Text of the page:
Yony Leyser/USA 2010/87 min
Slightly embarrassed to be labeled as ‘Beatniks” Jack Kerouac, William S Burroughs and Allen Ginsberg describe the 1950s-60s invasion of their work as a “spiritual revolution”, on a par with feminism in terms of its influence. Their seminal works: On the Road, Naked Lunch and Howl, changed and inspired an entire generation, hungry for cultural revolution and a new way of expressing their political and sociological views. Of course, for Burroughs, coming from a comfortable background and being Harvard educated placed him in a position to be able to articulate his disgust at the American Dream in a way that others of the era couldn’t. This documentary from newbie director Yony Leyser follows a loose format and falls into several sections where interviews with those who worked with and adored him, namely Patti Smith, Iggy Pop, Sonic Youth and John Waters, focusing on his homosexuality, drugs, guns and his life from youth to old age.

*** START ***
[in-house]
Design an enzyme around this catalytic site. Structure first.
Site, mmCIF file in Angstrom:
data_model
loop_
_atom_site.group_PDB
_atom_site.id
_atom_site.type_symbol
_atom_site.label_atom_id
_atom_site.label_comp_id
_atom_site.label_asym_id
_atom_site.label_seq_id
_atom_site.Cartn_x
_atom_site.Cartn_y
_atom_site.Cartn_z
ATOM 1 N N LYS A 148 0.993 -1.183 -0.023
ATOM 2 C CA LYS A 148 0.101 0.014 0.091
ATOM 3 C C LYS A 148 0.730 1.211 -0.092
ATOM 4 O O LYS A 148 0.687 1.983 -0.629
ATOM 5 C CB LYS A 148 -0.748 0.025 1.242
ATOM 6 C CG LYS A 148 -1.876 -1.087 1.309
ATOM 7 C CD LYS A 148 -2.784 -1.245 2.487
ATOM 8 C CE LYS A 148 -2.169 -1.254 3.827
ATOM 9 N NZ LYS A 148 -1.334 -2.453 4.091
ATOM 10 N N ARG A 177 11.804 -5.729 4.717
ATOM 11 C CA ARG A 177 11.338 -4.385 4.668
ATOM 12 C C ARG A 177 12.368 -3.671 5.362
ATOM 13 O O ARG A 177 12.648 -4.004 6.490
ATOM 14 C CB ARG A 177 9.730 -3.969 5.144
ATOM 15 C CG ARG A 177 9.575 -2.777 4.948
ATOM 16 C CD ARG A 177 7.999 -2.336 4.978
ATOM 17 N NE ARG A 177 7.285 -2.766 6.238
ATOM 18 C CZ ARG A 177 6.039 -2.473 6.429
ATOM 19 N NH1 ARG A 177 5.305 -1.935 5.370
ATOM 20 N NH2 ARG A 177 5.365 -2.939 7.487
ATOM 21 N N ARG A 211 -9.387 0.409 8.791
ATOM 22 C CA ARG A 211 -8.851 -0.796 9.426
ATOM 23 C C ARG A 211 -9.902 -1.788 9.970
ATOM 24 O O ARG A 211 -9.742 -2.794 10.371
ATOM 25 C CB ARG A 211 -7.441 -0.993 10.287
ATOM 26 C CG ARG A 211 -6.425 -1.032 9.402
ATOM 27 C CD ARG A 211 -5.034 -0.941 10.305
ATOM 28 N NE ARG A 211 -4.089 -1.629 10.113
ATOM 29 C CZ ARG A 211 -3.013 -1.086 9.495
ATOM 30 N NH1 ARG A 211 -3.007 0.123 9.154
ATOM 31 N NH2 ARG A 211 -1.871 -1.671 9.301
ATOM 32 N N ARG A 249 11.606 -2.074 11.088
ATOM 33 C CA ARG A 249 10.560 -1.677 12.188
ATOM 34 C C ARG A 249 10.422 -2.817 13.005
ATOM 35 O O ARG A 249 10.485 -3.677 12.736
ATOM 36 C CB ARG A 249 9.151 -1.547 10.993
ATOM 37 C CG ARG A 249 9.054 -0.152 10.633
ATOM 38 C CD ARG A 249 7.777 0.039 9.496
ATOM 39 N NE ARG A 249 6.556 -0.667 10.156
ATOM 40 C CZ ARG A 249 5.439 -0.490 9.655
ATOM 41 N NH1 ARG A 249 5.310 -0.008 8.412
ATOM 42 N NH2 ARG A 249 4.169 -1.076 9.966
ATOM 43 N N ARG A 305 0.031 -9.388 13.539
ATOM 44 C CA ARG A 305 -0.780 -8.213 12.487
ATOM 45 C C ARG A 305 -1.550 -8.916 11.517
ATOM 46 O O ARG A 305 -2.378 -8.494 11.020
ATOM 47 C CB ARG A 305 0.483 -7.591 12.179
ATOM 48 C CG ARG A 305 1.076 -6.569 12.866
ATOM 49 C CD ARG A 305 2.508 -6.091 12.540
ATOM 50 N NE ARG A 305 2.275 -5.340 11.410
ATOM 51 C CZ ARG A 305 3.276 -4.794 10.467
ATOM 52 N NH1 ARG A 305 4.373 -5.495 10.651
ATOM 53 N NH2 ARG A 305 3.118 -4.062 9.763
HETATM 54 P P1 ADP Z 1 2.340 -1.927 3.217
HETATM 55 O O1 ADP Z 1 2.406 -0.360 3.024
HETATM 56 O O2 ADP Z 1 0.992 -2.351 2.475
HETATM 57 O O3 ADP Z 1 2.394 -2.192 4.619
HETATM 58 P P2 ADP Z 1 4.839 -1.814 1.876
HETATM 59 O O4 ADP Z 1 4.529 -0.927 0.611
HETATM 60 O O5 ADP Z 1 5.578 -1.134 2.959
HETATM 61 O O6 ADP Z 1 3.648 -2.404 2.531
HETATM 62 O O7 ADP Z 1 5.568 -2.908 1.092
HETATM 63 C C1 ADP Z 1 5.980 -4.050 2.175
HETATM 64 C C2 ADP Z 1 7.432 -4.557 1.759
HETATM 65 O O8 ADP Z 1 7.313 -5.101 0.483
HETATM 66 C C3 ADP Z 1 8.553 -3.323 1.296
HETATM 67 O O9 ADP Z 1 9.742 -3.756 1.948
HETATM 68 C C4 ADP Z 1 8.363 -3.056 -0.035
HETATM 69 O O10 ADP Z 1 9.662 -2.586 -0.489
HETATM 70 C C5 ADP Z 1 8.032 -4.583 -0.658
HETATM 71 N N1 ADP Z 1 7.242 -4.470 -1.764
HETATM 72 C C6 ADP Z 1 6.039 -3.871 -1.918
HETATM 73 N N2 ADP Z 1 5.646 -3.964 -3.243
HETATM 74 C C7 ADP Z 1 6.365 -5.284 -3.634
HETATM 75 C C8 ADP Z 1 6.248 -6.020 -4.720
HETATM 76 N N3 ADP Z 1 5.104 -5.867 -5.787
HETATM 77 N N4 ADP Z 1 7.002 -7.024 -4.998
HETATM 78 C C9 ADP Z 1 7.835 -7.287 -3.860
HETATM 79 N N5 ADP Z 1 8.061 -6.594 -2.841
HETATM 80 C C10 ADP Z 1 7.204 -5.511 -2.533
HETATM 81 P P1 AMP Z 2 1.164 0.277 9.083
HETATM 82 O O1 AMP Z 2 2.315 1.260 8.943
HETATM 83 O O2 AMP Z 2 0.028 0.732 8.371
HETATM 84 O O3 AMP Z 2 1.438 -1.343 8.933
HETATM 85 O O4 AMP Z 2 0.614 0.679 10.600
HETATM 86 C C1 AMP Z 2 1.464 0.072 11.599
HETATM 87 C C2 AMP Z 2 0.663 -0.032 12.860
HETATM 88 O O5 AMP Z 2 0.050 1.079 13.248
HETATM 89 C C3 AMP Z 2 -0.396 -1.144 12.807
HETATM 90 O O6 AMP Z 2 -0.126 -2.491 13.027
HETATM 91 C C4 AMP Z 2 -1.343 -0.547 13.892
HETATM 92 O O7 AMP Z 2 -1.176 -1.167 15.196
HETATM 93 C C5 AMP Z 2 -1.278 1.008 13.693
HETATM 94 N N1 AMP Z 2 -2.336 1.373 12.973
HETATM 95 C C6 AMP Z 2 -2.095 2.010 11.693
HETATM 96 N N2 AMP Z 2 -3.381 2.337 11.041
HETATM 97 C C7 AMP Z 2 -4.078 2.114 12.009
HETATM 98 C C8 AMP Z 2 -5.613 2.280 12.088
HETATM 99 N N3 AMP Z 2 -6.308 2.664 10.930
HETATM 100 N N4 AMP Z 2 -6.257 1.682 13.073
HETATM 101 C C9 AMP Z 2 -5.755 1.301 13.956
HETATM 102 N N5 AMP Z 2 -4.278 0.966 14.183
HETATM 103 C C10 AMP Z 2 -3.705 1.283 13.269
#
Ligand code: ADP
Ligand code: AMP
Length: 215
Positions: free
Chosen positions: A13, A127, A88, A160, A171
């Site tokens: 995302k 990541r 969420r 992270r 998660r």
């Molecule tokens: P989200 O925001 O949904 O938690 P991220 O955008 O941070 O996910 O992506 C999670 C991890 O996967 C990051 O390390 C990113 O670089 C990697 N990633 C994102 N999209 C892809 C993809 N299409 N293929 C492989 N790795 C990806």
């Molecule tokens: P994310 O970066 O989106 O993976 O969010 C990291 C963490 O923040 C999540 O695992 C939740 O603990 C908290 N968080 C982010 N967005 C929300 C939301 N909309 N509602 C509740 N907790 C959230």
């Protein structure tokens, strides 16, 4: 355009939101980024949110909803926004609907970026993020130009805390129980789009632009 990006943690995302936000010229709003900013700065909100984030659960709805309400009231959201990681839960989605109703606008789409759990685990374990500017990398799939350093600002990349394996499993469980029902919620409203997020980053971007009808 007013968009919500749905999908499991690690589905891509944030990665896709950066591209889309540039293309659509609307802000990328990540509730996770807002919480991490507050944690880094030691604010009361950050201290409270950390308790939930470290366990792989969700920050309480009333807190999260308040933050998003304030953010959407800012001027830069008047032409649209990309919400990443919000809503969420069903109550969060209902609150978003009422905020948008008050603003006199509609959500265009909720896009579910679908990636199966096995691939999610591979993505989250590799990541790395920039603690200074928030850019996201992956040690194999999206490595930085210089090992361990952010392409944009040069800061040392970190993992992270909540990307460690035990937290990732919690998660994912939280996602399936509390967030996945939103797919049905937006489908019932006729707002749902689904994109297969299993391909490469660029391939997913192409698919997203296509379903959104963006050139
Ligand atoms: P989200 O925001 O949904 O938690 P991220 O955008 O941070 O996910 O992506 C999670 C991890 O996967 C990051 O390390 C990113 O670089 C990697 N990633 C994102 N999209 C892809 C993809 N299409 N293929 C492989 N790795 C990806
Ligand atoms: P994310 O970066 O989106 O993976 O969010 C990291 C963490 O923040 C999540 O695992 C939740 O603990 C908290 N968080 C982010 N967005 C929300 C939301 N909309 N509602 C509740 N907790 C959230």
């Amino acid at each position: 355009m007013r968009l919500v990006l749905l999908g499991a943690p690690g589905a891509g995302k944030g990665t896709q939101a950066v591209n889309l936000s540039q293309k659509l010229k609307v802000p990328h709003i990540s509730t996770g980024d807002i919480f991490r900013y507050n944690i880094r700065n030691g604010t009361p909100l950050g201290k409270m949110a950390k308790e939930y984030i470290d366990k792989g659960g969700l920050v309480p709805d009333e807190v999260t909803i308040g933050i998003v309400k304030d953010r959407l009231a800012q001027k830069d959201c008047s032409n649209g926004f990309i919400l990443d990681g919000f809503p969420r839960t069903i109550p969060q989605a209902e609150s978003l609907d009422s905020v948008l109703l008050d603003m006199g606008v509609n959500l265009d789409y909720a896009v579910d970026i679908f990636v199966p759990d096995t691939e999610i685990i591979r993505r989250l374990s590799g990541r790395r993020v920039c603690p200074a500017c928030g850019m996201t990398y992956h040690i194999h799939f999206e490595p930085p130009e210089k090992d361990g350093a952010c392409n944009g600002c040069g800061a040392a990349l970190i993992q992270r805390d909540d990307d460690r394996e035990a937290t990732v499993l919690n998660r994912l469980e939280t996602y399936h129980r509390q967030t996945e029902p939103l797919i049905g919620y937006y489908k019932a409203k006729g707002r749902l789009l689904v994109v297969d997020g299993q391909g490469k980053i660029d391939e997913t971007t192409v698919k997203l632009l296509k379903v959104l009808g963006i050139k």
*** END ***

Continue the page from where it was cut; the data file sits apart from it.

Linked by some stop-motion shorts consisting of wire frames and utilising some never seen before footage of the man himself and interviews with Ginsberg, Leyser’s film is a sensitive and moving piece offering a glimpse into Burroughs’ world. The interviews gain some real emotion from ex-lovers and the big names who owe so much of their careers to him. There’s a genuine feeling of loss and love for the man who was driven by drugs and produced some of the most violent and sexually perverse work we’ve seen. But what’s great about this film is that it doesn’t attempt to glamorise or idolise the past as so many of us do, especially when it comes to the 50s and 60s. In his slurring, deep voice Burroughs reads his thanksgiving poem: “Thanks for the KKK, for nigger-killing lawmen feeling their notches…” a chilling reminder of the truth of what these artists faced and fought against. It’s admirable that Leyser achieves such an articulate and flowing piece, just as the Beats admonished the American Dream this picture reveals the reality of the Beats in a pacey and enjoyable film.
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